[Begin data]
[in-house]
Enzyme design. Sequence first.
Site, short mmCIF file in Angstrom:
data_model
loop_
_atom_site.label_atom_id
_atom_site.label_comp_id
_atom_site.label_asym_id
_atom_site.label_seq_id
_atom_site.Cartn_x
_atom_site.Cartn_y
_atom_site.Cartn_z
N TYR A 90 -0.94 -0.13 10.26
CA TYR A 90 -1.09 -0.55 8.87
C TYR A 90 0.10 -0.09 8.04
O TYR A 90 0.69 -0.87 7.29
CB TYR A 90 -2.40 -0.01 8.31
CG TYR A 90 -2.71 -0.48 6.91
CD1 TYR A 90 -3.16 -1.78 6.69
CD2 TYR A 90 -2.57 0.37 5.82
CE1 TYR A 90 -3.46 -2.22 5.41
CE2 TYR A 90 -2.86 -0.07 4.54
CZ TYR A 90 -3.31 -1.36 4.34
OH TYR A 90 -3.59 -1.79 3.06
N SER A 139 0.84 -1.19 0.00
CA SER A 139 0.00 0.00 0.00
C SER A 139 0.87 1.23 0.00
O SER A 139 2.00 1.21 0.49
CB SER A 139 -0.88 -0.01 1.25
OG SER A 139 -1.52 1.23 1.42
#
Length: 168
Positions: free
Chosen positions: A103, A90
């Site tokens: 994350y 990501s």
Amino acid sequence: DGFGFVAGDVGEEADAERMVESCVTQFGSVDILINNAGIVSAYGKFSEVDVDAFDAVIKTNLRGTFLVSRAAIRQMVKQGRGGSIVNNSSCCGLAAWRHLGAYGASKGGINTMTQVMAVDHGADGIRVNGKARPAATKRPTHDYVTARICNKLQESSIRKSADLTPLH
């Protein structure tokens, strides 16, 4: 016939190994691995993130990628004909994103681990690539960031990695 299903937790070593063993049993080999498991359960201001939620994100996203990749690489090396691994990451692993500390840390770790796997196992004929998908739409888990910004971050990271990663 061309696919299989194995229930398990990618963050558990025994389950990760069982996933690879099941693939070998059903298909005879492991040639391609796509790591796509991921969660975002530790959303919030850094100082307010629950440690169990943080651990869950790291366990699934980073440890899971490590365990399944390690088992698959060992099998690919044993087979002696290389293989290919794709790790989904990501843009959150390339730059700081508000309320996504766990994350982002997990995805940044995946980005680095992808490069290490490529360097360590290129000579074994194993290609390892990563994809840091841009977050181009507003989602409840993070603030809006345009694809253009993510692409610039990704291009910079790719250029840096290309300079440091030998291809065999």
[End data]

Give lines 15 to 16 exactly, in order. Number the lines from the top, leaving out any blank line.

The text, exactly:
C TYR A 90 0.10 -0.09 8.04
O TYR A 90 0.69 -0.87 7.29